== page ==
Detailed Roadmap for Tensorflow Object Detection API

AUTHOR: manhnh

I am writing blog here where you can use the Object Detection API to train your own images which is called customize image training (transfer learning). In this post, I will explain all the necessary steps to train your own detector as my first experience in Machine Learning field. This is the basic post so that we all get used to Object Detection API. For getting more comprehensive knowledge about Tensorflow Object Detection API, we could check the videos in the reference part of this post.

Figure 1: Tensorflow Object Detection API flowchart 

I. Installing configuration environment

  • Dependencies

Tensorflow Object Detection API depends on the some libraries such as protobuf 3.0.0, python-tk, pillow 1.0, lxml, jupyter notebook… For detailed steps to install Tensorflow, follow the Tensorflow installation instructions. A typical user can install Tensorflow using one of the following commands:

You can test your installation by this commands:

This installation do not make tensorflow directory in the desktop so you could run the following command to get that directory.

The remain libraries can be installed on Ubuntu 16.04 (or above) using via apt-get:

Note that sometimes “sudo apt-get install protobuf-compiler” will install Protobuf 3+ versions for you and some users have issues when using 3.5. If that is your case, try the manual installation. I’m using Python 3 (specifically 3.6) and Ubuntu 18.04.2 for this blog. With Python 2, you could follow these commands by easily removing the number “3” in python, pip in commands.

  • COCO API installation

COCO is a large image dataset designed for many applications including object detection. This packages provides Matlab, Python that assists in loading, visualizing the annotations. Download the COCO API and copy the pycocotools subfolder to the tensorflow/models/research directory if you are interested in using COCO evaluation metrics. The default metrics are based on those used in Pascal VOC evaluation.

If you get an error with the last command, you could manually copy directory pycocotools to the directory tensorflow/model/research.

  • Protobuf Compilation

The Tensorflow Object Detection API uses Protobuf to configure model and training parameters. Before the framework can be used, the Protobuf libraries must be compiled. This should be done by running the following command from the tensorflow/models/research/ directory:

  • Add Libraries to PYTHONPATH

When running locally, the tensorflow/models/research/ and slim directories should be appended to PYTHONPATH. This can be done by running the following from tensorflow/models/research/:

Note that this command needs to run from every new terminal you start. And you can test that you have correctly installed the Tensorflow Object Detection API by running:

You could see the result like which is in the figure as below.

Figure 2: Success installing configuration environment

II. Creating the datase

To proceed to second part, you should know some following definitions:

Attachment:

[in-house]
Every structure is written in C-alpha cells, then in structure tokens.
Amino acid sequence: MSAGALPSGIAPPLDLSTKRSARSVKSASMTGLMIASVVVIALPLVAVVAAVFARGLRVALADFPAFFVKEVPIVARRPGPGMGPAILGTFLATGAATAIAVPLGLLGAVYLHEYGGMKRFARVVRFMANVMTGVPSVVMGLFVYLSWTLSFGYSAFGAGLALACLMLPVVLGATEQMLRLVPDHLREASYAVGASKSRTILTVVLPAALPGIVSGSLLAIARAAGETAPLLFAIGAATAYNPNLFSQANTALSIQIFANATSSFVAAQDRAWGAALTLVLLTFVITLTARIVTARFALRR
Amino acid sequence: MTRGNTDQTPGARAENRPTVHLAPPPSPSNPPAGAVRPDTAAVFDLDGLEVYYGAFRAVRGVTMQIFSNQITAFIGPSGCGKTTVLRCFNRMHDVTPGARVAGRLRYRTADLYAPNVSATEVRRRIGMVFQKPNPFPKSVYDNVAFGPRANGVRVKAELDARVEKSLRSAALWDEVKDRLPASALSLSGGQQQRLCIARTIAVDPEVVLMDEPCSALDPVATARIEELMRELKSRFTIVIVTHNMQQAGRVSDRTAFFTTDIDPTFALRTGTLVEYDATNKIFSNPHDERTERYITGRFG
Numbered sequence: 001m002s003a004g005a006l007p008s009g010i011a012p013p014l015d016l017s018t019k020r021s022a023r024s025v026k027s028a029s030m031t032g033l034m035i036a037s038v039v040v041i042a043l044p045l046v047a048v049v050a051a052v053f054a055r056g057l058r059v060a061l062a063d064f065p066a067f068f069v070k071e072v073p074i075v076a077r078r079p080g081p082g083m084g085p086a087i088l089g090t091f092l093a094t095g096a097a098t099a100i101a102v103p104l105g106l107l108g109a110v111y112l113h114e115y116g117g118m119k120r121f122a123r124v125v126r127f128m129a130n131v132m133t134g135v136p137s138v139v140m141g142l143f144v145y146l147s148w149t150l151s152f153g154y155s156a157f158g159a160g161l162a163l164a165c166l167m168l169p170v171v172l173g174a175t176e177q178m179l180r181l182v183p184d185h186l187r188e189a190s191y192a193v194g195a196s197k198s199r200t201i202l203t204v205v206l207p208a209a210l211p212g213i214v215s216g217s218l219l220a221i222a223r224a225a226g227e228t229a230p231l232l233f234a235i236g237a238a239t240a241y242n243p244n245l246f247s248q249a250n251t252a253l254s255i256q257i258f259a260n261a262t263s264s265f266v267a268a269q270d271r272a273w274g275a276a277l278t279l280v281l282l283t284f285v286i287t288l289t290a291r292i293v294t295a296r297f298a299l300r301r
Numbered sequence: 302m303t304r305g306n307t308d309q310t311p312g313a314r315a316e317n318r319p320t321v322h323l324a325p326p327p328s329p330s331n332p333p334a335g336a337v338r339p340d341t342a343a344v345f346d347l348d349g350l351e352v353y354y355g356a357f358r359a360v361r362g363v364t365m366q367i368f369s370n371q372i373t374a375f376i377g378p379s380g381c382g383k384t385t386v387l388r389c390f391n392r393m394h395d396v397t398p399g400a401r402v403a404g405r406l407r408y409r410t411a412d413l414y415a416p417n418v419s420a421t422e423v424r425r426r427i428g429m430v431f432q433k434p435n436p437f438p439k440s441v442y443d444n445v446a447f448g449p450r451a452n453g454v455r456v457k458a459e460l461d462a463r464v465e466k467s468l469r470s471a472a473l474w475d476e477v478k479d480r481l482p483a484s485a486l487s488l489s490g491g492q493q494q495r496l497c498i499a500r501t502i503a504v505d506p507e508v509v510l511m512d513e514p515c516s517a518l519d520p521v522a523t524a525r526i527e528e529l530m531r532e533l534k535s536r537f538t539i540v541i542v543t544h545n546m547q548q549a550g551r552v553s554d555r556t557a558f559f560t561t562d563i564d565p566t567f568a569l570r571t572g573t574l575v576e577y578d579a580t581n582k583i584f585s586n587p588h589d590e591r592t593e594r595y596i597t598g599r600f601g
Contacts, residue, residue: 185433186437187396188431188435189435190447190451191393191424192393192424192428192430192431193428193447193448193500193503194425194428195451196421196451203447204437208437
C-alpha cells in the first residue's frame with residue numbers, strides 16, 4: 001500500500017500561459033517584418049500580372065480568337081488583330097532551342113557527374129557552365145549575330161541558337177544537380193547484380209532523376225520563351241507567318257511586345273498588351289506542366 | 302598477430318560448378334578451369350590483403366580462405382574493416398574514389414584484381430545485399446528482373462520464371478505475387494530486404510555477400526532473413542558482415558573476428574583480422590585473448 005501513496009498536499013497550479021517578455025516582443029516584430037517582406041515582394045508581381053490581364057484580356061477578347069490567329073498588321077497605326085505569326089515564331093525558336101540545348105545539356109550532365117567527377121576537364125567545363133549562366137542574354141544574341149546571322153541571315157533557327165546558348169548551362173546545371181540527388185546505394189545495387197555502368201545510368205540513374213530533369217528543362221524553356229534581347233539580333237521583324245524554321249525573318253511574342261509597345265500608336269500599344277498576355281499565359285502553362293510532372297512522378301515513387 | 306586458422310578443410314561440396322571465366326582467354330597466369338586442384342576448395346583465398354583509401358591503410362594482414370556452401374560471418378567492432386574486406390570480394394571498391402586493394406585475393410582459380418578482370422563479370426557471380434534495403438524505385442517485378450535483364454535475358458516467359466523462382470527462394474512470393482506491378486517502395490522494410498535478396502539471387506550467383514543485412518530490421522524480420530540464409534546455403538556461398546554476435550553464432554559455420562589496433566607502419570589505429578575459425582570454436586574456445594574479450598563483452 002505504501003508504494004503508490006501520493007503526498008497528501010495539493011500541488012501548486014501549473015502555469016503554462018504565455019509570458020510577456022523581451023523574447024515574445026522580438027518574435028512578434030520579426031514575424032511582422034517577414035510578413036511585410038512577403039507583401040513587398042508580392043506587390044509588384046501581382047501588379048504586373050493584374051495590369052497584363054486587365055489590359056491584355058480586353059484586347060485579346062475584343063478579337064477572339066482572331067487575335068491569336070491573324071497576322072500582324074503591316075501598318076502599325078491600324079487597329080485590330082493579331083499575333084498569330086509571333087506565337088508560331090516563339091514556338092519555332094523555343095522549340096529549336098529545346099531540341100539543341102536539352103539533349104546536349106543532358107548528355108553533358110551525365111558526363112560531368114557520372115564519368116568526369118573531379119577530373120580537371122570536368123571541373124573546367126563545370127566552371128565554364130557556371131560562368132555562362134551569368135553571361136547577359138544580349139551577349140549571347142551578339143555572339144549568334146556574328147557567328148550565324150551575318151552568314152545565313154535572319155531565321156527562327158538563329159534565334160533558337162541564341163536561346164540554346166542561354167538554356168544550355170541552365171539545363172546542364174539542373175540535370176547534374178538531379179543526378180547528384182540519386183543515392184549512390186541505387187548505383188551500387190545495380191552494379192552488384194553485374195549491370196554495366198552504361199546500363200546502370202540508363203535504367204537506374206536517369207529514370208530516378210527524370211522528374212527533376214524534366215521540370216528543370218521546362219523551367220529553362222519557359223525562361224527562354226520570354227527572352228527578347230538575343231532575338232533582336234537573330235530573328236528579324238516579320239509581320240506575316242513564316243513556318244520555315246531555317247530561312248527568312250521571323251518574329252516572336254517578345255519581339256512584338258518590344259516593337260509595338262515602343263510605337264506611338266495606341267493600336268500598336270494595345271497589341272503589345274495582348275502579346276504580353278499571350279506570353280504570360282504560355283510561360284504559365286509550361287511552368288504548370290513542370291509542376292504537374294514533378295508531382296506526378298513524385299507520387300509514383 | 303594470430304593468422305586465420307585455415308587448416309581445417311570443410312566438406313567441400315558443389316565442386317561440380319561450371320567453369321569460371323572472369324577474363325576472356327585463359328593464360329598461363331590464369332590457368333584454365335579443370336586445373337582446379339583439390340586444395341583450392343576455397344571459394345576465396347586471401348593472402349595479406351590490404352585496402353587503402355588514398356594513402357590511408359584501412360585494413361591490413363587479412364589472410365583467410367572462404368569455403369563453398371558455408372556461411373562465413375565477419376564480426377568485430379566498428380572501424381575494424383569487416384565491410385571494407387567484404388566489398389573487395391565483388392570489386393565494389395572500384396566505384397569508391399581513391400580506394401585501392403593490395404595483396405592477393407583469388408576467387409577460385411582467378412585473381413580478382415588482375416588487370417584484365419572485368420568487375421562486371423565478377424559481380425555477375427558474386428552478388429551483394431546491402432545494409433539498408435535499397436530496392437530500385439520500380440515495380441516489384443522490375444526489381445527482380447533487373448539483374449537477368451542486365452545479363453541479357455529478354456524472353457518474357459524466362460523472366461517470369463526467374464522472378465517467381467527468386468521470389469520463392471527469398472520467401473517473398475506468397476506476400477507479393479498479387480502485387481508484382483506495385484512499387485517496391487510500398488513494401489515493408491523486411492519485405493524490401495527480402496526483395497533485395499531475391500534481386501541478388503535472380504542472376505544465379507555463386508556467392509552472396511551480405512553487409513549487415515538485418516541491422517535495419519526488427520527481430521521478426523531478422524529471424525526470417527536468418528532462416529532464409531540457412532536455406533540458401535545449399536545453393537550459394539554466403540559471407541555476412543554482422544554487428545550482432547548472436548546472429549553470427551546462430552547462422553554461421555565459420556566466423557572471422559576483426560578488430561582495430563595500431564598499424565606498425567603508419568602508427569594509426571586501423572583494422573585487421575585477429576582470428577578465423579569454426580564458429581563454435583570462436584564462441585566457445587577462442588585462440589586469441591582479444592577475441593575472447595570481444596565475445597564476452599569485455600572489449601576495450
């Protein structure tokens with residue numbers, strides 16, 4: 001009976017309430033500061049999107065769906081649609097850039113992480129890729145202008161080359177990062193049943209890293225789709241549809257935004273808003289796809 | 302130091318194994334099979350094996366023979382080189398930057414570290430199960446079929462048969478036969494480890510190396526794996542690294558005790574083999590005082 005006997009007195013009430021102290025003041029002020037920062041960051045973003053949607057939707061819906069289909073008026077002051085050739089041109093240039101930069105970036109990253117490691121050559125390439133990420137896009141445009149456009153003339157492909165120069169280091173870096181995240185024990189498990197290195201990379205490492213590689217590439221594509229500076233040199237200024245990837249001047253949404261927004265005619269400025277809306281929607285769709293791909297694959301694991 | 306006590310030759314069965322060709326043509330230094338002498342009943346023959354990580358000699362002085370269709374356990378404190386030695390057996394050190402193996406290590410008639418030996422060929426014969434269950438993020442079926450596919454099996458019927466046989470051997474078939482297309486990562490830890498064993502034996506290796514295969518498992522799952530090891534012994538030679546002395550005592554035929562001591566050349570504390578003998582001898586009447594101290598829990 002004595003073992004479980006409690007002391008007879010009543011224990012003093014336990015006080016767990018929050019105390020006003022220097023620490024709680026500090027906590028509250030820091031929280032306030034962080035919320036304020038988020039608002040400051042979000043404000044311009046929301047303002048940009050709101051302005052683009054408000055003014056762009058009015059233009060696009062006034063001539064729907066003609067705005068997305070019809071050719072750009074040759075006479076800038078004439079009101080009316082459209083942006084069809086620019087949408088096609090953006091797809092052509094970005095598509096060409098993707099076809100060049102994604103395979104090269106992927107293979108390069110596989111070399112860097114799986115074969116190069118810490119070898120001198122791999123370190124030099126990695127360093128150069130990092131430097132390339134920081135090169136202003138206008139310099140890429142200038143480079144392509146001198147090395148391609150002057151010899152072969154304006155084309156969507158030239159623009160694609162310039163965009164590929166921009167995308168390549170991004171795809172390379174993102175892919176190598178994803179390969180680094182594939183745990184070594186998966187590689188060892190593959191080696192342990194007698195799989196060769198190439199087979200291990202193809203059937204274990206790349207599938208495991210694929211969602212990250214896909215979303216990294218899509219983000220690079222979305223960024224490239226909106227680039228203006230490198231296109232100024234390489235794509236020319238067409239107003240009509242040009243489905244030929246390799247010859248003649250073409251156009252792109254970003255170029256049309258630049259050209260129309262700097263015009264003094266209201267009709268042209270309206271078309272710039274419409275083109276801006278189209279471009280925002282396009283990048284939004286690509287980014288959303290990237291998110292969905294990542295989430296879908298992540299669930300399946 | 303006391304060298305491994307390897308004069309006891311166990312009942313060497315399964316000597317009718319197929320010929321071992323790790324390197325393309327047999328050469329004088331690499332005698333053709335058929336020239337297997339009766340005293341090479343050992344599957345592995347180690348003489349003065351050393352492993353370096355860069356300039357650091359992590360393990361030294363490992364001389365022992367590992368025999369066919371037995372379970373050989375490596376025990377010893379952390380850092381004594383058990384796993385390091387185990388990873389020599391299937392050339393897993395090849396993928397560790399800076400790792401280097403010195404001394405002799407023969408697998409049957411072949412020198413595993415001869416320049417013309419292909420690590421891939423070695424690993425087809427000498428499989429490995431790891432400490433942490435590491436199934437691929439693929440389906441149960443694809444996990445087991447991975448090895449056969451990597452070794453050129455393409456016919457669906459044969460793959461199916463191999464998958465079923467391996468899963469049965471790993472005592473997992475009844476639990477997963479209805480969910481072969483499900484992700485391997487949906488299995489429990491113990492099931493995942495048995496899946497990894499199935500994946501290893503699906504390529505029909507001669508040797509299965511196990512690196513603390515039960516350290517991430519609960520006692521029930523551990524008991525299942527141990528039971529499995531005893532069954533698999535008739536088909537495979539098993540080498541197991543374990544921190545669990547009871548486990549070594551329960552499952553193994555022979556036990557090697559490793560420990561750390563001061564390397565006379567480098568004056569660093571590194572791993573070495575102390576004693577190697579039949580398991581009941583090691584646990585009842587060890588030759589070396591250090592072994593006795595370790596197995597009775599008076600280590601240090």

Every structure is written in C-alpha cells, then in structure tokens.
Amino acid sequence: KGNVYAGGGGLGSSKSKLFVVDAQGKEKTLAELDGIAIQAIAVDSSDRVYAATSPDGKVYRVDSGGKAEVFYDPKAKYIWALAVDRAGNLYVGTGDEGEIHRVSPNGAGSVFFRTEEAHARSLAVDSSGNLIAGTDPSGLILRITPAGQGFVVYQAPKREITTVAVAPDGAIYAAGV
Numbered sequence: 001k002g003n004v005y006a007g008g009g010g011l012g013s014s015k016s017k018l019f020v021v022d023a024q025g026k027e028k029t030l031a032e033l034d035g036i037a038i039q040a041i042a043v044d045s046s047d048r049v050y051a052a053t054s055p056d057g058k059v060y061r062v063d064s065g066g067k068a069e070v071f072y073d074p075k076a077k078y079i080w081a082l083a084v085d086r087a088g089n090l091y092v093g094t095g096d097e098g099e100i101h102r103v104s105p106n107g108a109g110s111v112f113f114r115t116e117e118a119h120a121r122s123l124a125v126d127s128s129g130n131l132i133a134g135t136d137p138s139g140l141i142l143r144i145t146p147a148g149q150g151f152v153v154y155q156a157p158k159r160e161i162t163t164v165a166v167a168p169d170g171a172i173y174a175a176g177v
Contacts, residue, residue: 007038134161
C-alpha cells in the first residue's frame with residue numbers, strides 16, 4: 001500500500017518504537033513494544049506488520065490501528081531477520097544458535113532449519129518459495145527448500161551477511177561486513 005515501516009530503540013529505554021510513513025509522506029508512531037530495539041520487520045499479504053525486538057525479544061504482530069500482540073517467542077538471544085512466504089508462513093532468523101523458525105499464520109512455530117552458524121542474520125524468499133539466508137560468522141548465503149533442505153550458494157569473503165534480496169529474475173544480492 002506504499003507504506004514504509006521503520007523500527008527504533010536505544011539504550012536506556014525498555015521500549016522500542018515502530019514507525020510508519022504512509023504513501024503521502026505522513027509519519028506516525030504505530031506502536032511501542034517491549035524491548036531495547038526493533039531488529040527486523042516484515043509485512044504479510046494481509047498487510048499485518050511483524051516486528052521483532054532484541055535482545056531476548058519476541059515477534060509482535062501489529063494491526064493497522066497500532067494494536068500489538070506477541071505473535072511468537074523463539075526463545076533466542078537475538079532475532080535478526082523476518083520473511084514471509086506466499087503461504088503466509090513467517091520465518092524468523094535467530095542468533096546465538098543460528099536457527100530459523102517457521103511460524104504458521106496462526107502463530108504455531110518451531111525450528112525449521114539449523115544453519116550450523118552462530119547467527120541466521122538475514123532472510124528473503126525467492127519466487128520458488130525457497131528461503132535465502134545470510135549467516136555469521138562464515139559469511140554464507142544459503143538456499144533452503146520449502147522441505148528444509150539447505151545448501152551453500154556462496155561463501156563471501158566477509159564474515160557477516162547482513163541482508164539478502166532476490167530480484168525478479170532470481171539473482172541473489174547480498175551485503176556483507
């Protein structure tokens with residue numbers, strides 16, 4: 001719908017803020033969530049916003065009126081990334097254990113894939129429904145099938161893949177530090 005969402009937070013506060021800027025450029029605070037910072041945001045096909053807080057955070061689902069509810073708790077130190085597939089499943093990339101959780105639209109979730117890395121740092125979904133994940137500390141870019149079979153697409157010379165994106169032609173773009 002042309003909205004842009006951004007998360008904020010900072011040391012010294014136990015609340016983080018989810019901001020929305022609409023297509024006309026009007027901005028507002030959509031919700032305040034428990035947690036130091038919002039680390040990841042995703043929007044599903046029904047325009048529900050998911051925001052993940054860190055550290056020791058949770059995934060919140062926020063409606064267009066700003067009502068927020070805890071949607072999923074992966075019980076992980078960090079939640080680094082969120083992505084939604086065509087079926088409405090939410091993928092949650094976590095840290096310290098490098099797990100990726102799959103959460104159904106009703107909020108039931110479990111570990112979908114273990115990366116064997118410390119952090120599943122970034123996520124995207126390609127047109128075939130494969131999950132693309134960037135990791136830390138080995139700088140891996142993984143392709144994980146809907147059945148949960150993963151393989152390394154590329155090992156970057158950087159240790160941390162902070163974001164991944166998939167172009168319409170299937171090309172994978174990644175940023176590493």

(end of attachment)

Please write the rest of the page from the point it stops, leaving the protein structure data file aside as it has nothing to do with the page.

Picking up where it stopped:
• Transfer learning

One of the important question is what is transfer learning and why to use pre-trained model. My simple definition is transferring the knowledge to save time. For example, if you want to build a table instead of building it yourself, you can use the knowledge of carpenter (maybe by hiring him) and make it done.

  • Why to use pre-trained model

Pre-trained model allows you to do a small change in the model and train your objects with that. It make use of transfer learning where weights are shared. All you need to train dense layer with your classes and leave rest to pre-trained model. It enables you to achieve accuracy with less time and saves the need of GPU (normally expensive) for intense training. Some examples of pre-trained models are VGG16, VGG19, MobileNet, ResNet50, InceptionV3,… that you could get from Tensorflow detection model zoo. This part is about taking the first step for custom object training (with pre-trained model). Tensorflow Object Detection API uses the TFRecord file format, so at the end we need to convert our dataset to this file format. There are several options to generate the TFRecord files. Either you have a dataset that has a similar structure to the PASCAL VOC dataset or the Oxford Pet dataset, then then have ready-made scripts for this cases. If you don’t have one of those structures you need to write your own script to generate the TFRecords (they also provide an explanation for this).

To prepare the input file for the API, you need to consider two things. Firstly, you need an RGB image which is encoded as jpeg or png and secondly, you need a list of bounding boxes (xmin, ymin, xmax, ymax) for the image and the class of the object in the bounding box. In terms of me, I only had one class.

This part focuses on the following steps:

  1. Create .xml files for each of your own images
  2. Splitting .xml and image files into training and testing folder
  3. Creating .csv files (for training and testing) from .xml files
  4. Creating tf_record files (for training and testing) from .csv and image files.

Create xml file for each of your own images

  • Collecting data

In this step, you can collect the data by finding your target objects on the Internet or picture that you’ve capture yourself. I’m using the data with 100 images of car with 80 images for training and 20 images for testing. Then you need to create 3 folders “Image”, “Train” and “Test” that organized in the following structure:

  • Labeling images

Once you have images, you need to annotate them. This process can be done by using LabelImg. LabelImg is a graphical image annotation tool that is written in Python and uses Qt for the graphical interface. It’s easy to use and the annotations are saved as XML files in the PASCAL VOC format. To install labelImg, you could run these commands in the terminal: